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Contempt of Court in Ohio

There are various reasons a party can be found to be in contempt of Court in Ohio such as failing to pay child support, failing to appear after being subpoenaed, and failing to allow visitation as ordered by the Court, just to name a few. Chapter 2705 of the Ohio Revised Code discusses contempt actions and penalties.

Child Support Contempt

When a parent is ordered by the Court to pay child support and fails to do so, the Child Support Enforcement Agency is likely to pursue a contempt charge. A summons will be issued to the parent that is alleged to be in contempt requiring the parent to appear before the Court. A hearing will be held where each party is able to present evidence and testimony and the Judge will make a final ruling on the issue of contempt.

In order to avoid contempt for nonpayment of support, it is important to maintain contact with the Child Support Enforcement Agency if there are any changes in your employment, address, or other information. If you are unemployed, notify the Agency immediately and complete the seek works forms as the Agency requires. Being temporarily unemployed does not automatically mean a contempt charge as long as you are complying with all of the Agency’s requests and submitting all information and forms as required.

Criminal Direct and Indirect Contempt of Court

Indirect contempt of Court happens outside the presence of the Court and direct contempt happens in the Court’s presence. A person can be charged with indirect contempt of Court for failing to appear after being summoned or subpoenaed into Court. A judge can hold a witness in direct contempt of Court when the witness refuses to testify during a Court proceeding without a valid right or privilege. Other forms of direct contempt can occur when parties or viewers act inappropriately during a Court proceeding.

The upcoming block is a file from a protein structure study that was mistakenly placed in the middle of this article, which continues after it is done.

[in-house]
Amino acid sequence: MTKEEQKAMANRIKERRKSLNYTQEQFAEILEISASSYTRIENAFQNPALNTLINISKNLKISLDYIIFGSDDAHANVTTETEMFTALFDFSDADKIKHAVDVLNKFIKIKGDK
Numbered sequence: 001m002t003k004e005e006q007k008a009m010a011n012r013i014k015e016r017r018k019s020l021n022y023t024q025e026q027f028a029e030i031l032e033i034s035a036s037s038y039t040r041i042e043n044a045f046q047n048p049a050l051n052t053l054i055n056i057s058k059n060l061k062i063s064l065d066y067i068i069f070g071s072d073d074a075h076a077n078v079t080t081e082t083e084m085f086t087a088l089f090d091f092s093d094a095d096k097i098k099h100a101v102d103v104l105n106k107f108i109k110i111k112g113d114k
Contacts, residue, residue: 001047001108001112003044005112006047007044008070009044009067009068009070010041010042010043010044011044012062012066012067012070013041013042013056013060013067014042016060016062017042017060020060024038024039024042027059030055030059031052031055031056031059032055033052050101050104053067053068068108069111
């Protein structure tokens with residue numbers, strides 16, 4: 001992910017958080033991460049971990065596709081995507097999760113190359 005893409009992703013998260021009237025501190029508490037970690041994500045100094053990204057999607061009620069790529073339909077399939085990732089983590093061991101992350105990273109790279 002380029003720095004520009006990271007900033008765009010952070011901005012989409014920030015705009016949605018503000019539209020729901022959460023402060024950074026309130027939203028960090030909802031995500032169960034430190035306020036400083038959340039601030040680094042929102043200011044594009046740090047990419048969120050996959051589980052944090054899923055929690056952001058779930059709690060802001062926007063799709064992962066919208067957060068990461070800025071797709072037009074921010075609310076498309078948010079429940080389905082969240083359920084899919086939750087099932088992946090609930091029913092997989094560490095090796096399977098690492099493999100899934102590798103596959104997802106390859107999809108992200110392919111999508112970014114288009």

Civil Contempt Related to Custody or Divorce

There are often times where one parent does not follow a Court ordered visitation schedule or only follows the schedule when convenient for them. In instances like this, the parent can be found in contempt of Court for failing to allow the ordered visitation to take place. In these types of contempt proceedings, the parent in contempt may be permitted to purge themselves of the contempt charge by following the order.

Penalties for Contempt

The following includes the penalties for a contempt charge in Ohio:

  1. For a first offense, a fine of not more than two hundred fifty dollars, a definite term of imprisonment of not more than thirty days in jail, or both;
  2. For a second offense, a fine of not more than five hundred dollars, a definite term of imprisonment of not more than sixty days in jail, or both;
  3. For a third or subsequent offense, a fine of not more than one thousand dollars, a definite term of imprisonment of not more than ninety days in jail, or both.

 

If you are charged with contempt for any reason, contact a licensed Ohio attorney immediately to work toward the best possible outcome of your case.